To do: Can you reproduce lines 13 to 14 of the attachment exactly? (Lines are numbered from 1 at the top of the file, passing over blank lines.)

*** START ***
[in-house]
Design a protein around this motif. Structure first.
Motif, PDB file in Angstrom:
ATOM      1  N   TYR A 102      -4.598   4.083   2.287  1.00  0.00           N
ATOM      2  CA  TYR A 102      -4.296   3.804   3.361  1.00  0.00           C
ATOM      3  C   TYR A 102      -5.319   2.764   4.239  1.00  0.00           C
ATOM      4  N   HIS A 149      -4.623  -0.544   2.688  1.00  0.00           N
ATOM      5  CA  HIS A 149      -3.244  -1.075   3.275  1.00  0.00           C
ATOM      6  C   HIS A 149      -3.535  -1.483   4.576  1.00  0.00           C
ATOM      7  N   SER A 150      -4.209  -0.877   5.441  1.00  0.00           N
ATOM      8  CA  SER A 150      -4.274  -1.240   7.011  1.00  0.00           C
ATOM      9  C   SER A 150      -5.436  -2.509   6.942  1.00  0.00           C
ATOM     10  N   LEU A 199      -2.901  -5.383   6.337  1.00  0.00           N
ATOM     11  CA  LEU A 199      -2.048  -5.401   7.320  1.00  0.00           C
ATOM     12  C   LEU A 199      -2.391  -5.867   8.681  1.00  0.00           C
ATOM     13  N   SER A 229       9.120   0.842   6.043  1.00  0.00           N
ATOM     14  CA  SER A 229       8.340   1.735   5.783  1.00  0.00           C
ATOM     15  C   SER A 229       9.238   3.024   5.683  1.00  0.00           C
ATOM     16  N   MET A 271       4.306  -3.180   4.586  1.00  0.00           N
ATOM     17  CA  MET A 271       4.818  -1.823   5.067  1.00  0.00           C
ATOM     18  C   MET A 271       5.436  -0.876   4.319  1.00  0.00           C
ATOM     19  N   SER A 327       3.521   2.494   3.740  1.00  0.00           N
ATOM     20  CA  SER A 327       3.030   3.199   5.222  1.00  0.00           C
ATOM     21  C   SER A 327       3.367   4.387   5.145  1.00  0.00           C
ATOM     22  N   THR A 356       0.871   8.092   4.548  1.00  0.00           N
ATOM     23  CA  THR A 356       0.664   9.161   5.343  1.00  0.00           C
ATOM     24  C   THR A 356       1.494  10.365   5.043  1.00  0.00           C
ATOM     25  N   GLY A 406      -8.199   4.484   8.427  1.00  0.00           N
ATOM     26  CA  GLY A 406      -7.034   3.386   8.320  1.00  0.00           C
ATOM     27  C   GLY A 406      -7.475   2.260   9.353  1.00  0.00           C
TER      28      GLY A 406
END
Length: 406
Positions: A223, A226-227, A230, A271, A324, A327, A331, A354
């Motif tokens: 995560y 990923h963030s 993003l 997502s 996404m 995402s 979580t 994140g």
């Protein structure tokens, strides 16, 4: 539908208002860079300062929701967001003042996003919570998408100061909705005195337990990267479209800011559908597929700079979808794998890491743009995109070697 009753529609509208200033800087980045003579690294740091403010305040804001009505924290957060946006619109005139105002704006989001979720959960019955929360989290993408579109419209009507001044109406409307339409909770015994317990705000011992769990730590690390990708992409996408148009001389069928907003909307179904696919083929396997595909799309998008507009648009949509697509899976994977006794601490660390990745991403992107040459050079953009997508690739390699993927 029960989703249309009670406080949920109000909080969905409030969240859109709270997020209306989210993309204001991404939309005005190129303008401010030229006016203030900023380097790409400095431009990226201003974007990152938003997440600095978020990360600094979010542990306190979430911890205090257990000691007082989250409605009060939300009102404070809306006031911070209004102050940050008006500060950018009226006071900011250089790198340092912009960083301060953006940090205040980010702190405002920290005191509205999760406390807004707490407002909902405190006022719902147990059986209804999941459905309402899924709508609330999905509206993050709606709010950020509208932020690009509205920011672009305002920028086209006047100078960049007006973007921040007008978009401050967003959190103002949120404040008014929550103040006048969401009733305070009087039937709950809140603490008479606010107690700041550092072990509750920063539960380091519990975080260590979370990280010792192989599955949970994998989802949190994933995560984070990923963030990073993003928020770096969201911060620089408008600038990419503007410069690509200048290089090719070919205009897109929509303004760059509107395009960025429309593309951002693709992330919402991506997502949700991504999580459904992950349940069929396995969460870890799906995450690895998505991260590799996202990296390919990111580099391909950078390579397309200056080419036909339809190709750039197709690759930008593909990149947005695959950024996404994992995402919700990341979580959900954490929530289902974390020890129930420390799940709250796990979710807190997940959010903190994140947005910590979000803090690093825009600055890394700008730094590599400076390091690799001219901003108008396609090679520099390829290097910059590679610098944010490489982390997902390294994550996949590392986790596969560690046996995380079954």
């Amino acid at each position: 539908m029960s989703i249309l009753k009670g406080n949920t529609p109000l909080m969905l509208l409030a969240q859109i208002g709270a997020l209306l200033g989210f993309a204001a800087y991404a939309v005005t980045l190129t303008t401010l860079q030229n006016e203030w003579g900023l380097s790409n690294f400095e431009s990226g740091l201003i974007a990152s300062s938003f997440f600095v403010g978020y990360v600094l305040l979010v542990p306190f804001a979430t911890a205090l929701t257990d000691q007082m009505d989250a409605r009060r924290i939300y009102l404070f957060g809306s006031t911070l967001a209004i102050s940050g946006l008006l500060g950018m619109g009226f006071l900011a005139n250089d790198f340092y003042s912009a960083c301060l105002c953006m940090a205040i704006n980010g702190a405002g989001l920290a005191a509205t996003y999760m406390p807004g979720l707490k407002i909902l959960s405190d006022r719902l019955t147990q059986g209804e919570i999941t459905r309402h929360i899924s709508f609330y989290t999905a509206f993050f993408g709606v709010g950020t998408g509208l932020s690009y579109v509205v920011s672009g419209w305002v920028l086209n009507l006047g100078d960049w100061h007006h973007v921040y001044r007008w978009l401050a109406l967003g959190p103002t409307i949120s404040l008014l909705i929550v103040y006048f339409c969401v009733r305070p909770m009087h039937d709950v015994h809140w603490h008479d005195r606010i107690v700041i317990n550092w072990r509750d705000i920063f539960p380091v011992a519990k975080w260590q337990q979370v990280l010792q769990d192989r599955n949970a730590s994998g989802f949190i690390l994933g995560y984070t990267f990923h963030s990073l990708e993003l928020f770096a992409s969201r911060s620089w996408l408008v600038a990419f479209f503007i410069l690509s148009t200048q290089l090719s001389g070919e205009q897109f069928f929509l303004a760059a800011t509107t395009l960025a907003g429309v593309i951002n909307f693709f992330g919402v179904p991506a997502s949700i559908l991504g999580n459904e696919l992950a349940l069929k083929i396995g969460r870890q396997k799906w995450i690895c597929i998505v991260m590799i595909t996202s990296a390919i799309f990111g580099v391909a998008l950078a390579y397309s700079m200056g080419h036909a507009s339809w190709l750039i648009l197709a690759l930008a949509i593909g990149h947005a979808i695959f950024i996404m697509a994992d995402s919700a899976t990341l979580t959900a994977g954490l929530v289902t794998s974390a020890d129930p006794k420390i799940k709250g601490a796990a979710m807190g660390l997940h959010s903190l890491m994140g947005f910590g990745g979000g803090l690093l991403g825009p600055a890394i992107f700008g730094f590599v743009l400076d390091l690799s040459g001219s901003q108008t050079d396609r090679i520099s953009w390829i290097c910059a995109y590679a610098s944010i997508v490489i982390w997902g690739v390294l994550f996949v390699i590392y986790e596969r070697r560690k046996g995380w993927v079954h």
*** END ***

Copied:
ATOM     10  N   LEU A 199      -2.901  -5.383   6.337  1.00  0.00           N
ATOM     11  CA  LEU A 199      -2.048  -5.401   7.320  1.00  0.00           C